State Route 542 slips so quietly into the Mt. Baker National Forest, I expect to find Hansel and Gretel’s breadcrumbs showing the way to the 10,781-foot summit. As farms disappear, the trees sprout suddenly, crowding the road like observers at a parade. The subtle 17-mile climb, shared by just a few other cars in the know, leads to Mt. Baker Ski Area, the truest ski hill in Washington, if not all of North America.
What makes Baker so authentic? Could be the lack of high speed quad chairs roaring “vert-crazed” skiers to the summit, or perhaps it’s the lifts themselves, just #1-8 setting their own pace over the glades, bowls and canyons.
And then there’s the snow. Baker received 1,140 inches of snow in 1998, the most recorded in a single place on Earth. The area earned distinction as the ski area that had to close because of too much snow. Seemed the chairs were scraping the ground. In 2008, Baker received 12 feet of powdery crystals in a single week!
But what really sets Baker apart is the “Vibe.” Make the 3-hour trek from Seattle and you time-warp through the arboreal portal into a valley of vintage snow play where you’ll encounter determined snow hounds still foraging just as zealously at day’s end for the perfect route as at day’s beginning.
Hunting for runs is a common exercise at Baker. If you’re used to skiing a set of marked trails, where every hundred feet of glade run is titled, you’re apt to get confused at first. The ambiguity is intentional. “Our general philosophy revolves around leaving the natural setting alone,” Baker representative Gwyn Howat explains, “So we cut no swaths off the hill. In fact someone this summer called me at the office because he wanted to show a friend the ski area but couldn’t figure out where it was.”
Baker has remained hard to figure since it’s beginning in 1953. Originally, the Mt. Baker Recreation Company formed to keep the Washington DOT from closing the road. A half-century later, the MBRC continues to make its own tracks. The lift towers, trail maps, even the website remain free of advertisements. The bars have no televisions, the common areas offer no video games. There aren’t even public utilities, as all electricity and water is generated from a local infrastructure.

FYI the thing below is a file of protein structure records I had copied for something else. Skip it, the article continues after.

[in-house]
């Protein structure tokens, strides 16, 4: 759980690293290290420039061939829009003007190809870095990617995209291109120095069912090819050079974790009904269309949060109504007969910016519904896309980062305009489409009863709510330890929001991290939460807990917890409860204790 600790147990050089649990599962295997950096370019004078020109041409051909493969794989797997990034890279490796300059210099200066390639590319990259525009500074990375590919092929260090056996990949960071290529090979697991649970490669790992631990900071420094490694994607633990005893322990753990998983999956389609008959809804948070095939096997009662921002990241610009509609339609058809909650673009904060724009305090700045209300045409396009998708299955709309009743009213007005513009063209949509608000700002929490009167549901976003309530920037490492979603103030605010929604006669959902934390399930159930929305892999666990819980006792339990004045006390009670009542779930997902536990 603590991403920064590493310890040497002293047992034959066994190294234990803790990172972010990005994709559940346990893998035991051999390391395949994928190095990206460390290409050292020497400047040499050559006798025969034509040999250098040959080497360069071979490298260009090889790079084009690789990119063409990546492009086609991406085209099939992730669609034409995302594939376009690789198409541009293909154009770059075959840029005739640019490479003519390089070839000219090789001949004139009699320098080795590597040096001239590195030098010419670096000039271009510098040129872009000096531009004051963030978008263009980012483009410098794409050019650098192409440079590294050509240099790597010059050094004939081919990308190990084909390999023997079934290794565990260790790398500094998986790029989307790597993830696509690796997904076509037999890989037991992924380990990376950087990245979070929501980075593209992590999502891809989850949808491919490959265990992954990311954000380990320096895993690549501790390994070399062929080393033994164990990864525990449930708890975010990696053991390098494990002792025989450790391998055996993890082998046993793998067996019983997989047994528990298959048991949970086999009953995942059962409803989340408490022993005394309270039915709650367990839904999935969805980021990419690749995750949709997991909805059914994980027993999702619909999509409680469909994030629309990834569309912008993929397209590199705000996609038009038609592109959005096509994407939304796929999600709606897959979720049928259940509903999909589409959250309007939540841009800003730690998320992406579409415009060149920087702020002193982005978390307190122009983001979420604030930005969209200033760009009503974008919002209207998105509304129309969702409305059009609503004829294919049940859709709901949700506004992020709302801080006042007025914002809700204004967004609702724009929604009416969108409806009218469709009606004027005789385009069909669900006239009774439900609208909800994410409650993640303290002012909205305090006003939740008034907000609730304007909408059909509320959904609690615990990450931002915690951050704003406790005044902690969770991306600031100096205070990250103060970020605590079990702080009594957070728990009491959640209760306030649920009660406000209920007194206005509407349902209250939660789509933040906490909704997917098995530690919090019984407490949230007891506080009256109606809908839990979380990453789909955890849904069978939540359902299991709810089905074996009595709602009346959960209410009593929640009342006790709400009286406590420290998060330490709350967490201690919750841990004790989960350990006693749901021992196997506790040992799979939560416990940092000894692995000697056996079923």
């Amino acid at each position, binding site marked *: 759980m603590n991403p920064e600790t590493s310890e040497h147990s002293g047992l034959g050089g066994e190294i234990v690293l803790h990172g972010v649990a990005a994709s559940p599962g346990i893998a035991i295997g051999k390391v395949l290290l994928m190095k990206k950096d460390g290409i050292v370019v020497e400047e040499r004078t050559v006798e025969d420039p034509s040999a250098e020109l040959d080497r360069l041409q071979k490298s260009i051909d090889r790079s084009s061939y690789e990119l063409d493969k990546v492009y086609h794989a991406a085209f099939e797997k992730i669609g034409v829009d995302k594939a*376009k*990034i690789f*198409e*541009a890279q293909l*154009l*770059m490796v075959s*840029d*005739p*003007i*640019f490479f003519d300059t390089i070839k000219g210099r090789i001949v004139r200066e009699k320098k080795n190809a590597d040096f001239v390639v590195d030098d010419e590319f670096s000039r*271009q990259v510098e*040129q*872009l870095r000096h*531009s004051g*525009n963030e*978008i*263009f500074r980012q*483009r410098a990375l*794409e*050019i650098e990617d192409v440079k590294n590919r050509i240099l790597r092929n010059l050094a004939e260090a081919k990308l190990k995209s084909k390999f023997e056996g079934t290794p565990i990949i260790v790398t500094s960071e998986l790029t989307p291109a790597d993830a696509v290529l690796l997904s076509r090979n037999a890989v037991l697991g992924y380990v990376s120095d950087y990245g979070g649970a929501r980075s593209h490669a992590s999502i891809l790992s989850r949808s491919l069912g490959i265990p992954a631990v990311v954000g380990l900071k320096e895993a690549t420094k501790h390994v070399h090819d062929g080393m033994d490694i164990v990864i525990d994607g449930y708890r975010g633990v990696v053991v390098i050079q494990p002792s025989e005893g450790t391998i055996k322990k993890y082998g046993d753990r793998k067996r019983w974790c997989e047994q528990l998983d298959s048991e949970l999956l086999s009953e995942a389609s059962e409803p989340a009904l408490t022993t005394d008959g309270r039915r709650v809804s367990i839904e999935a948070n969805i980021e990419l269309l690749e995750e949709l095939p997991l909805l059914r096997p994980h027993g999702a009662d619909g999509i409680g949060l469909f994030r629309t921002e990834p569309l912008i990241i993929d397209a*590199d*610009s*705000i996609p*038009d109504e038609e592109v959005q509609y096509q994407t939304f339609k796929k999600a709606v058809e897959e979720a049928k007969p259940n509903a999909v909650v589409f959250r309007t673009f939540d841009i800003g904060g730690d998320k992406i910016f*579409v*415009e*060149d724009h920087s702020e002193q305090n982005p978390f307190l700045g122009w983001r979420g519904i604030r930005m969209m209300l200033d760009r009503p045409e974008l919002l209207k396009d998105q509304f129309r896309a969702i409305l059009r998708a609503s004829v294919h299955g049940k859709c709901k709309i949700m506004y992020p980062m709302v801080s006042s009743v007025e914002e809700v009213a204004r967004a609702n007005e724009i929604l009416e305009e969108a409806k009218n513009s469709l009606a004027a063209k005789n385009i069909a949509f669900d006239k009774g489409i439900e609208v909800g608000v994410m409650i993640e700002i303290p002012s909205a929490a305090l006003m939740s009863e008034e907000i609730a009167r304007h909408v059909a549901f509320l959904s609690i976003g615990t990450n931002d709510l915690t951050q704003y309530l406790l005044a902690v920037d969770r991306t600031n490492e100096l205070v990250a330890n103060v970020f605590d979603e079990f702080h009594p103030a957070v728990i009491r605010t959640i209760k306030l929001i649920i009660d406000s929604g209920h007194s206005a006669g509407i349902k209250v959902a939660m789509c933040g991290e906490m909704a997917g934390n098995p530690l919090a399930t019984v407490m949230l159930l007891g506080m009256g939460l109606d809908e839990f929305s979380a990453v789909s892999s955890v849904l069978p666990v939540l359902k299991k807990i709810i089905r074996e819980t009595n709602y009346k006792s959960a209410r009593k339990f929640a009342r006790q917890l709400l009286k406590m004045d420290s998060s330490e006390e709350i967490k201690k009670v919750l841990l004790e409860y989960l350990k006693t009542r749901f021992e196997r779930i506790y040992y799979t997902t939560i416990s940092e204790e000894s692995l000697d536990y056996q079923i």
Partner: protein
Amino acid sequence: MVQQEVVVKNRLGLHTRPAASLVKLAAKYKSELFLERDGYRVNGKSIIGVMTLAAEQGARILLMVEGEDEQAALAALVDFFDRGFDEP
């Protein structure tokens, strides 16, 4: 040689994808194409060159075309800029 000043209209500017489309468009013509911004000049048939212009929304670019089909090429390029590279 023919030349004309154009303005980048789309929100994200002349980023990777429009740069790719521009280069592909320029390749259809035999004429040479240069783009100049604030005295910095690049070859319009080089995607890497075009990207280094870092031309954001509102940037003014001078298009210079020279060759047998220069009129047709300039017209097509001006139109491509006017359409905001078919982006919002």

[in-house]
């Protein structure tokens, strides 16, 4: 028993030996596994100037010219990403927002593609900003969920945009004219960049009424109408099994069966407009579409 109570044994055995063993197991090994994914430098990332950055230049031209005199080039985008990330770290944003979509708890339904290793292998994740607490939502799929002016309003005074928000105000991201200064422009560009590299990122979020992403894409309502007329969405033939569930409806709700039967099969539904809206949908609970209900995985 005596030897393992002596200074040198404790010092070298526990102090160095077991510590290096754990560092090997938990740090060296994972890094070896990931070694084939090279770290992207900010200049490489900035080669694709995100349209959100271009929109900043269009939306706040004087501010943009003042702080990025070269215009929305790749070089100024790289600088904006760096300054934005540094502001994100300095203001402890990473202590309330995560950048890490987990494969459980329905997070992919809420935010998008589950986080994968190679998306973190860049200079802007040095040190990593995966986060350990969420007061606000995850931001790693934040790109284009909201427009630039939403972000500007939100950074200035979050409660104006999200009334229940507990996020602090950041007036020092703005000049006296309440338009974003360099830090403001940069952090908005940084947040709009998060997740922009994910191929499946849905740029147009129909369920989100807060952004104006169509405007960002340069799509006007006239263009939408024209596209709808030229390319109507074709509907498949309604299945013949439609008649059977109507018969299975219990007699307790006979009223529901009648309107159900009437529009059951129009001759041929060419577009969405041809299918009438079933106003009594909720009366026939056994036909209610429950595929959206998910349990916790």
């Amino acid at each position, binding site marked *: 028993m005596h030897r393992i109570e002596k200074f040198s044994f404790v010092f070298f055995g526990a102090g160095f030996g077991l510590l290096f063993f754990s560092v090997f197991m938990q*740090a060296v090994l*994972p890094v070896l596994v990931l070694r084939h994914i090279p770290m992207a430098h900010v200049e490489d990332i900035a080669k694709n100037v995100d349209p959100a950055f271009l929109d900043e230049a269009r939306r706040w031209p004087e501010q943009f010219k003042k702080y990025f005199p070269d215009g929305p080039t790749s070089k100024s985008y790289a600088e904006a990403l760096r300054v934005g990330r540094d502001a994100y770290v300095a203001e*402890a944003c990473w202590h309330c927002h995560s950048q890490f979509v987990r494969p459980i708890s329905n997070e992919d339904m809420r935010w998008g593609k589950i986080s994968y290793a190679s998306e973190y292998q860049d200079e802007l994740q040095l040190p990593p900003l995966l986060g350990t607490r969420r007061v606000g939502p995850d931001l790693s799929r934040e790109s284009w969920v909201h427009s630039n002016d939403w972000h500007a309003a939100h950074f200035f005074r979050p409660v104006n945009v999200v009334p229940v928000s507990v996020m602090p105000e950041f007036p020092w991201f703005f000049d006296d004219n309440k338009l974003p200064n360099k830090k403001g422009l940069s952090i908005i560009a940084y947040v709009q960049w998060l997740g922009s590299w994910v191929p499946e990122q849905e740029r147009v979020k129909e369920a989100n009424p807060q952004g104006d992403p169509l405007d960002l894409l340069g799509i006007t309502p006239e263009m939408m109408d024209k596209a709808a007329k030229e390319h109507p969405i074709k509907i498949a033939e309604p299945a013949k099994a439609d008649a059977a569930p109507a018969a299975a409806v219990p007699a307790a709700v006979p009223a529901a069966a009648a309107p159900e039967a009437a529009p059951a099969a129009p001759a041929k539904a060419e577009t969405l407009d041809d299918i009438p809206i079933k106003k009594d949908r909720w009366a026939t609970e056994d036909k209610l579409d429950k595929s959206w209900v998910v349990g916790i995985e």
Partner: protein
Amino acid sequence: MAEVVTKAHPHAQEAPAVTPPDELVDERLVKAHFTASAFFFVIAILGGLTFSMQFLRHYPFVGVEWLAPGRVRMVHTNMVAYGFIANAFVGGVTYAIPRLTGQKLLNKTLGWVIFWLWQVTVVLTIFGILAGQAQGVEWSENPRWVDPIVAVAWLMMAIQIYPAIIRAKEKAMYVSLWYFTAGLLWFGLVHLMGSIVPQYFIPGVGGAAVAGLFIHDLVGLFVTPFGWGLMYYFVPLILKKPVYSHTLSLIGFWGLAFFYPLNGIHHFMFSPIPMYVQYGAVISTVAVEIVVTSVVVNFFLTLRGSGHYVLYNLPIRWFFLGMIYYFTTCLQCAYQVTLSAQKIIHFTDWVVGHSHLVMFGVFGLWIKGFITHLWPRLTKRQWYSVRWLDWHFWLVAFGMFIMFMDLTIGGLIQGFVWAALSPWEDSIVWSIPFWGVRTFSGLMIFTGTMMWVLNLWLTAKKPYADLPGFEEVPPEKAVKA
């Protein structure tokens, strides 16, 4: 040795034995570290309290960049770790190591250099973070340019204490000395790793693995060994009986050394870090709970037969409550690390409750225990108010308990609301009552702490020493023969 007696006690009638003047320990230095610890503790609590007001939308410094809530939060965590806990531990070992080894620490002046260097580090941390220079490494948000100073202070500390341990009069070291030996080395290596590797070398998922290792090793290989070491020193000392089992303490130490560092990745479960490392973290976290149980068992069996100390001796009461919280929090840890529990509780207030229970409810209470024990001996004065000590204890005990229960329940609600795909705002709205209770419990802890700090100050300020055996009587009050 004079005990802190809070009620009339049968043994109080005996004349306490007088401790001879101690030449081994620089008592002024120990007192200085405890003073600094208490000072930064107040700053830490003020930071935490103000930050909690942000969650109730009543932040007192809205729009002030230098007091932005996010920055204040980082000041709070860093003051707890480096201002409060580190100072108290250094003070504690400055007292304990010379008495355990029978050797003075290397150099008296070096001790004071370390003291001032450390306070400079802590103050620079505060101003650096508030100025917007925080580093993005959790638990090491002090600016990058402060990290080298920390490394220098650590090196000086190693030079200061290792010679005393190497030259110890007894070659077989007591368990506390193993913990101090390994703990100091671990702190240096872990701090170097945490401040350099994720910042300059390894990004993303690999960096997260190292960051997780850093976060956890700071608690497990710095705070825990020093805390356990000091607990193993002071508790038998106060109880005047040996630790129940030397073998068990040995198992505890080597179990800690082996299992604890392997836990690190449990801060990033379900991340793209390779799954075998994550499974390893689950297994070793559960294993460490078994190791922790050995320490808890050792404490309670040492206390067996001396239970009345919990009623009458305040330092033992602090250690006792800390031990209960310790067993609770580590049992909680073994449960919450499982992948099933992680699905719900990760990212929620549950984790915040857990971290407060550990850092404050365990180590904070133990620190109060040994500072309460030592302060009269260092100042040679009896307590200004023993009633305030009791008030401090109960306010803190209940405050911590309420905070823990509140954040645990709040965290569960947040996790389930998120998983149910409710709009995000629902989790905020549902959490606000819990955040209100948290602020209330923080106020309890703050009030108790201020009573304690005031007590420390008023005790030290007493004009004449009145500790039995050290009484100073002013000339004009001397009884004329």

But it’s the riding, downhill and telemark skiing that’s really off the grid. Trails form where you find them, often requiring entrance via a chute or a little (to large) drop-in. A typical run might start out in a snowfield, detour left onto a creek bed, slice through some tight tree line, then open up upon a steep slope of bumps, all before you’ve gathered your bearings. Usually, the best way to describe the last run is to suggest doing it once more, though retracing your exact tracks is highly unlikely.
The tracks tend to be wide as Baker remains a mecca for snowboarders, who account for about 75% of visitors on any given day. Howat, whose family has been a part of Baker for forty years, says the reasons are obvious.
“We’ve always welcomed snowboarders, from the very beginning. And we get more snow [about 700”] annually than any other area in the US so there are huge snow dumps. The Mount Baker Legendary Banked Slalom, the oldest snowboard event in the world, is another reason.”
The Legendary Banked Slalom Weekend, February 11-13th, remains a mythical event on the North American snowboarder’s calendar, think wintertime Phish Weekend. Music, riding and no worries chill are fired up in the snow bowl to produce fine alpine alchemy.
Like any local secret, Baker takes some learning. The lifts don’t drop you off in typical stepladder fashion and there are certainly places for beginners to find trouble. But few hills in the world can equal the feeling of utter escape and independent exaltation while remaining safely inside the ropes. Best just to think of Baker as a gingerbread mountain, where it’s your privilege to carve off a nibble.
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